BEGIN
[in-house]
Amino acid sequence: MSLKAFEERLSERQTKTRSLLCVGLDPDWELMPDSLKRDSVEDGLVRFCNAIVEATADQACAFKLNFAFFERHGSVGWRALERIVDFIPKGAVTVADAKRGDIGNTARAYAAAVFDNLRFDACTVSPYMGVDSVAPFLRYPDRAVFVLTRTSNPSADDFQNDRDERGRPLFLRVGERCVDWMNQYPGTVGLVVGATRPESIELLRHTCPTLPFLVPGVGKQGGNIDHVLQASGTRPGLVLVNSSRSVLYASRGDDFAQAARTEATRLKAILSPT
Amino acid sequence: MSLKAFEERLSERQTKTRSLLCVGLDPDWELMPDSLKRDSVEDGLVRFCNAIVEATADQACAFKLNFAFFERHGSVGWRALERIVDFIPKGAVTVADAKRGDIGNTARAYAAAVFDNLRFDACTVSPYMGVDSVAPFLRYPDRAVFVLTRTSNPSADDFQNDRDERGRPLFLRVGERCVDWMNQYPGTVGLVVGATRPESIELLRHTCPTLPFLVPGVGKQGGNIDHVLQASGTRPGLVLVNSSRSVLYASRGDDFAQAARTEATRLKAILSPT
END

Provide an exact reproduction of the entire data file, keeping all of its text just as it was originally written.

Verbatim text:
[in-house]
Amino acid sequence: MSLKAFEERLSERQTKTRSLLCVGLDPDWELMPDSLKRDSVEDGLVRFCNAIVEATADQACAFKLNFAFFERHGSVGWRALERIVDFIPKGAVTVADAKRGDIGNTARAYAAAVFDNLRFDACTVSPYMGVDSVAPFLRYPDRAVFVLTRTSNPSADDFQNDRDERGRPLFLRVGERCVDWMNQYPGTVGLVVGATRPESIELLRHTCPTLPFLVPGVGKQGGNIDHVLQASGTRPGLVLVNSSRSVLYASRGDDFAQAARTEATRLKAILSPT
Amino acid sequence: MSLKAFEERLSERQTKTRSLLCVGLDPDWELMPDSLKRDSVEDGLVRFCNAIVEATADQACAFKLNFAFFERHGSVGWRALERIVDFIPKGAVTVADAKRGDIGNTARAYAAAVFDNLRFDACTVSPYMGVDSVAPFLRYPDRAVFVLTRTSNPSADDFQNDRDERGRPLFLRVGERCVDWMNQYPGTVGLVVGATRPESIELLRHTCPTLPFLVPGVGKQGGNIDHVLQASGTRPGLVLVNSSRSVLYASRGDDFAQAARTEATRLKAILSPT